THE UNITED STATES.

da

coun

[ocr errors][merged small]

ence.

had renounced their allegiance, were not bills Jefferson. These acts all expressly provide | law will stand as a practical assertion, exer-
of attainder, are not prohibited by our Consti that no person proscribed by any of these Statecise, and application of all the national powers
tution, and are a most ordinary and just exer laws to which I have alluded shall ever be ad of self-preservation for which I contend.
cise of a sovereign power which was and is con mitted to become citizens of the United States Mr. Speaker, I here qimit my great theme,
ceded by all our history to have been possessed without the assent of the States.

recommending to my fellow-members and to
by every one of the colonies. And shall it be These acts of Congress are not pointed to as this great people to complete the argument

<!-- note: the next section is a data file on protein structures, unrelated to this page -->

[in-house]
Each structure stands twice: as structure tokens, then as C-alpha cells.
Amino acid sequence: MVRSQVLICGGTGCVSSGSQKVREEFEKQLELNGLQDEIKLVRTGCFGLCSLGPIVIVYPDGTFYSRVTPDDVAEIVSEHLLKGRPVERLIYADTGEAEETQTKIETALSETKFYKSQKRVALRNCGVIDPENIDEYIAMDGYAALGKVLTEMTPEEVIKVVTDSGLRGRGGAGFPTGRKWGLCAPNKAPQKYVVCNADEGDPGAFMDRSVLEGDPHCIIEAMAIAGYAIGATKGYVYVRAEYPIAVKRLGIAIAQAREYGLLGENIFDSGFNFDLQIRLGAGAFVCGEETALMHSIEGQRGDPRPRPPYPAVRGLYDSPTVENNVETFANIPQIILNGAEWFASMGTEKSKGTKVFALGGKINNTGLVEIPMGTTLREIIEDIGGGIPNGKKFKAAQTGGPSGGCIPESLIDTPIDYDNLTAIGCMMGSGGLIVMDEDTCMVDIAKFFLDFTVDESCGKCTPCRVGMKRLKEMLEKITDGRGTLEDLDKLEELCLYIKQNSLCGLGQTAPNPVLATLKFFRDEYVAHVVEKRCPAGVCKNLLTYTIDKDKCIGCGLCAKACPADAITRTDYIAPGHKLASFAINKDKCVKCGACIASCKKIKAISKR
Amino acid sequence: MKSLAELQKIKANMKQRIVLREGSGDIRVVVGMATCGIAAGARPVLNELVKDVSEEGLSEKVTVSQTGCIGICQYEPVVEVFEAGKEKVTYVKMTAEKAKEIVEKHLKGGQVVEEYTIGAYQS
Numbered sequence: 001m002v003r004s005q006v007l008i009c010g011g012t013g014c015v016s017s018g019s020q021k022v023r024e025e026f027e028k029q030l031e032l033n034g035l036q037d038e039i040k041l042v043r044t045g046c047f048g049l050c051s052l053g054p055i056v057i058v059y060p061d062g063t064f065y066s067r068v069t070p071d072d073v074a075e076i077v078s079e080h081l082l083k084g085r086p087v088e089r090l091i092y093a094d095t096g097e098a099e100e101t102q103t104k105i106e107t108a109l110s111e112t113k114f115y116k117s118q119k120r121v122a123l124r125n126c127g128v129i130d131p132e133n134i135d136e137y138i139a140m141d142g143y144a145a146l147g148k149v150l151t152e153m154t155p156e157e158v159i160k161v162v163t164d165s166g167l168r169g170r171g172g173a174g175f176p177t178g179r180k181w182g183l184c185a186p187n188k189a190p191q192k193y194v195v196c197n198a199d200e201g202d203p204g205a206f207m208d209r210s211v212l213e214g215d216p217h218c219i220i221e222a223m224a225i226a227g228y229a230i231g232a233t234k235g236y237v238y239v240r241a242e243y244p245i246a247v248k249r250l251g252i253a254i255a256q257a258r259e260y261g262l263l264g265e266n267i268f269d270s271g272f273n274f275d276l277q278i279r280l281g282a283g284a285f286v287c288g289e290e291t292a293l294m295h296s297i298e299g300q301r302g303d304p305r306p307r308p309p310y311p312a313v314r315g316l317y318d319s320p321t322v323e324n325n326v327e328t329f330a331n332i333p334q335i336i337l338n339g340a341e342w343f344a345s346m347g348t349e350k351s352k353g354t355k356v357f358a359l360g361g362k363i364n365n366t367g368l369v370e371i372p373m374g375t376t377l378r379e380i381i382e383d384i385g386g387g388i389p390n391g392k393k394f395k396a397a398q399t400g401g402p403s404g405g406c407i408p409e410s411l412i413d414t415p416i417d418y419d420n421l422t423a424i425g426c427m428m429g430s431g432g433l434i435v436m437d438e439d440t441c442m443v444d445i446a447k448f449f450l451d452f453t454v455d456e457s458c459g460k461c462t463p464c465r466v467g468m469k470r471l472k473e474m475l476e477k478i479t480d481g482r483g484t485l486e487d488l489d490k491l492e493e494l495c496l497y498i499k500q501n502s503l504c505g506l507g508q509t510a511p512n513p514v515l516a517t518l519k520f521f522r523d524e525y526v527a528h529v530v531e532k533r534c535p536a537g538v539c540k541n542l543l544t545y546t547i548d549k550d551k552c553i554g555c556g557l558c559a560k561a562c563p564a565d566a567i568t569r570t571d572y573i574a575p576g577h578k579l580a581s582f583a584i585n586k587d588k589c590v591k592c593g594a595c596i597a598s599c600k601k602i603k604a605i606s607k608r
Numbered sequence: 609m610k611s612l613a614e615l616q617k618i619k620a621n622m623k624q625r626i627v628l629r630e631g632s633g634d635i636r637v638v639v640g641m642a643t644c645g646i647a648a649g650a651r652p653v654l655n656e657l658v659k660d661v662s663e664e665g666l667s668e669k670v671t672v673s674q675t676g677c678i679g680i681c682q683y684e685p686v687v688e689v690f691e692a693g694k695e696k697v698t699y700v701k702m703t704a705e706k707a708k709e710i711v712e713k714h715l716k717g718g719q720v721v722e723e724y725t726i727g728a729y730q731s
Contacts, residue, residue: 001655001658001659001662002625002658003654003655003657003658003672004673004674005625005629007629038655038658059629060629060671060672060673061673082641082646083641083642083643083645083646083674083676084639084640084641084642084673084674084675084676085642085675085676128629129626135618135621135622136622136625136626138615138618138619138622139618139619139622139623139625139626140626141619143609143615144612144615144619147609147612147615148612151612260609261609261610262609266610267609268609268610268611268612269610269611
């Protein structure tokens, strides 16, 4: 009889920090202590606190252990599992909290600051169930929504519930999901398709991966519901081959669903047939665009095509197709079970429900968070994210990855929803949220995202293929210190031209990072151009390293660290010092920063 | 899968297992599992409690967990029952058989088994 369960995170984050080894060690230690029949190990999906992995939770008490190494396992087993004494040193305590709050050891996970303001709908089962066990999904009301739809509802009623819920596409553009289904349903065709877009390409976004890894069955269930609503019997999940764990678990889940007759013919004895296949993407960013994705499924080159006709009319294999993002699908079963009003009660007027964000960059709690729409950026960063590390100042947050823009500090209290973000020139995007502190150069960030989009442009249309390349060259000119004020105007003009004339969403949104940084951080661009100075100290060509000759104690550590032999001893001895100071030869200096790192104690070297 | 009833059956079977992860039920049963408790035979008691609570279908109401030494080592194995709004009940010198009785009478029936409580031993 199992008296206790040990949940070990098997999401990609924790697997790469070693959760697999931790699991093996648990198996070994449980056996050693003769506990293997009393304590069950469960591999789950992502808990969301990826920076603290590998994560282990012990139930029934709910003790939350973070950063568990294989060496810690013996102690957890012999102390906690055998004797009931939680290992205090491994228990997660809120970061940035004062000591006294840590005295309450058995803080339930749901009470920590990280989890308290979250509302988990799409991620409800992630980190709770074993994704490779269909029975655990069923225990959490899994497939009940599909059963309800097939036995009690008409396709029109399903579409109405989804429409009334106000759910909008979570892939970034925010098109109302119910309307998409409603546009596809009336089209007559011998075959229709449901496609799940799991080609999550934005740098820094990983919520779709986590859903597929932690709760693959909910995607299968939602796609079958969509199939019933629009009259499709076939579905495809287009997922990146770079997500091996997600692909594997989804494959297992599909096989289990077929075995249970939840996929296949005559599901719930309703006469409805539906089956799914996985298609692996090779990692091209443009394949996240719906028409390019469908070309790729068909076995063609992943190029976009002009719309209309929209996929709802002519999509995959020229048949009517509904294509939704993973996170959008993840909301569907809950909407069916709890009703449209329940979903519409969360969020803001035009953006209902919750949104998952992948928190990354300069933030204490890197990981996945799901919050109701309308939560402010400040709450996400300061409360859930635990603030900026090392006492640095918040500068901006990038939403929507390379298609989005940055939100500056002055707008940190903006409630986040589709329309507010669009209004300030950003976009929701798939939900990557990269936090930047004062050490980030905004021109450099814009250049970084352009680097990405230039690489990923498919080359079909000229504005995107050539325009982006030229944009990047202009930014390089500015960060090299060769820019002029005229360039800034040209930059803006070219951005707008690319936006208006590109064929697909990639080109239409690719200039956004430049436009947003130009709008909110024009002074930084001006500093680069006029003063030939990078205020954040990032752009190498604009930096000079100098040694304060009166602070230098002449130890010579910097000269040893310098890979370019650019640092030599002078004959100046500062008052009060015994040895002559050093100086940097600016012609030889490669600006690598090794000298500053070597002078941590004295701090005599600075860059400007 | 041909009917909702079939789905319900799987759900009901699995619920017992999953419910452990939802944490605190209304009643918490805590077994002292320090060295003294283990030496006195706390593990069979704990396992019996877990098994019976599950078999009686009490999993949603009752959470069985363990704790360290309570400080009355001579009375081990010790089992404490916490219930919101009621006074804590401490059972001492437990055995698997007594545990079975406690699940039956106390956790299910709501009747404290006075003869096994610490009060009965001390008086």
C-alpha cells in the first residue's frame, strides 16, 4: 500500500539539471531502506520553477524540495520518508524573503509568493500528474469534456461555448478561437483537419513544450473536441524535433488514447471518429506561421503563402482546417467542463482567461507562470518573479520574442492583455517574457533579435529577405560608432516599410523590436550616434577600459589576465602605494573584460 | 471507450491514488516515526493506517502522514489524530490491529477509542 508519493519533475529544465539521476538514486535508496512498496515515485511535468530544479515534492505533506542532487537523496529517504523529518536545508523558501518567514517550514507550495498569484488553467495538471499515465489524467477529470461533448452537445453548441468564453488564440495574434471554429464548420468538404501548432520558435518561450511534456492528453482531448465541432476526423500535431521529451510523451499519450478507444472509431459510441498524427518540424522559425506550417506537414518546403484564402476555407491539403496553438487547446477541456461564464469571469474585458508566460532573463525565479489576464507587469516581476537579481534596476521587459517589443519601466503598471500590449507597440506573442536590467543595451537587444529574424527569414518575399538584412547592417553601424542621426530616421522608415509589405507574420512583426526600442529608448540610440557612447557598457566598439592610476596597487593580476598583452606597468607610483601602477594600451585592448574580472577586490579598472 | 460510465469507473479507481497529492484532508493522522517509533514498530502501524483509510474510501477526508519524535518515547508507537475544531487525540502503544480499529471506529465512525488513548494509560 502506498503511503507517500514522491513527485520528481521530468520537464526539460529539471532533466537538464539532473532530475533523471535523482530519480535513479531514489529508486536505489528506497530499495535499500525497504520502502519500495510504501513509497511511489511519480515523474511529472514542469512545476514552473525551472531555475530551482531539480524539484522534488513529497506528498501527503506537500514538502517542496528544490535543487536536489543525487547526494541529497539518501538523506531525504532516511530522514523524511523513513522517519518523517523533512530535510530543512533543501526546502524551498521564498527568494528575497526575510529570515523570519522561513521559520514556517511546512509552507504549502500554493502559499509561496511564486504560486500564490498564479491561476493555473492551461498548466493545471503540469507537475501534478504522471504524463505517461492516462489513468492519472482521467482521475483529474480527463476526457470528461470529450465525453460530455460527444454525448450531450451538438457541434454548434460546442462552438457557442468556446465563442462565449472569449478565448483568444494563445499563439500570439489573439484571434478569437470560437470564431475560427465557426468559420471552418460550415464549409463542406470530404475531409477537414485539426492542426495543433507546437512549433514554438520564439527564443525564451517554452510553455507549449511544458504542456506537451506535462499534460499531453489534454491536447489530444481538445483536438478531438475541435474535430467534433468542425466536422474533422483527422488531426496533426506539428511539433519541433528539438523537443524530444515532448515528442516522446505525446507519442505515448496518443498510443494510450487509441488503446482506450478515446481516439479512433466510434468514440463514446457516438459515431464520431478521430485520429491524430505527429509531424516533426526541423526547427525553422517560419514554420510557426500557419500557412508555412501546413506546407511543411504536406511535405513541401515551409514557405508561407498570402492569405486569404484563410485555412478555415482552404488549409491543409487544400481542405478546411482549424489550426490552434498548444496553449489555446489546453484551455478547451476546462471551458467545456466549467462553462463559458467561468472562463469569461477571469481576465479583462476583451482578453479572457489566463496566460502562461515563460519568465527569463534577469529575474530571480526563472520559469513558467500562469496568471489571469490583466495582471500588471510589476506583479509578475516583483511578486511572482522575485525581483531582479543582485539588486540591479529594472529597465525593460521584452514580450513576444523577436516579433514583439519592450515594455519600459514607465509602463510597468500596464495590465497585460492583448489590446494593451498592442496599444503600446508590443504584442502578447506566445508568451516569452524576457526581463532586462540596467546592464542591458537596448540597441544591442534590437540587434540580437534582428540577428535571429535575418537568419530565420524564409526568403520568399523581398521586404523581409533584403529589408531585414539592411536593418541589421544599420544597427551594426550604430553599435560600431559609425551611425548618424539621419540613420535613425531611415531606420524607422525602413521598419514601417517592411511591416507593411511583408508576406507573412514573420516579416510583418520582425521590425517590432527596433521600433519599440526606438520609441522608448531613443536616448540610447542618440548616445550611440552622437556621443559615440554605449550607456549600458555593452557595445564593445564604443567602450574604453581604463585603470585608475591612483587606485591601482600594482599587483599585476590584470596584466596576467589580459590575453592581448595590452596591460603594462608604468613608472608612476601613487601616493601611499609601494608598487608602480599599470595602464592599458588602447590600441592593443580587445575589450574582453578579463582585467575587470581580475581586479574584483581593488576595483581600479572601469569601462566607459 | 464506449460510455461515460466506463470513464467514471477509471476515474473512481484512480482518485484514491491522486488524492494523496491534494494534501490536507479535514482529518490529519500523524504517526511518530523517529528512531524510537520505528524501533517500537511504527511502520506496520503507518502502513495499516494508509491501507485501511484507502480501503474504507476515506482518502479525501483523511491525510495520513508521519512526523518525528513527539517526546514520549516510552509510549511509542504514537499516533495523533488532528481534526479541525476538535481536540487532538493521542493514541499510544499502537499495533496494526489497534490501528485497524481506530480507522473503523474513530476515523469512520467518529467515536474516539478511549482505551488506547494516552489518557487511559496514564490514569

endured now, that this great nation shall hold cases where the acts themselves first worked upon the elements and forces of which I have
less power over national allegiance when it is the forfeiture, for that was done by the State scarcely entered. But, sir, even in what I have
voluntarily discarded by a traitor than these laws proscribing the traitors. But I do refer so poorly said, the right of this nation to enact
colonies had?
to them for the supremely important purpose

a law to exclude from the high powers of the Mr. HALE. I take a deep interest in the of showing that it has stood for seventy-seven nation them who, by treason, have become its gentleman's argument, and if he does not take years as an unquestioned and unreversed judg. enemies, and not its citizens, is seen to be estaboffense, I would like to ask him a question. ment of the nation, that it is right and wise lished, nay, sir, irresistibly established, by the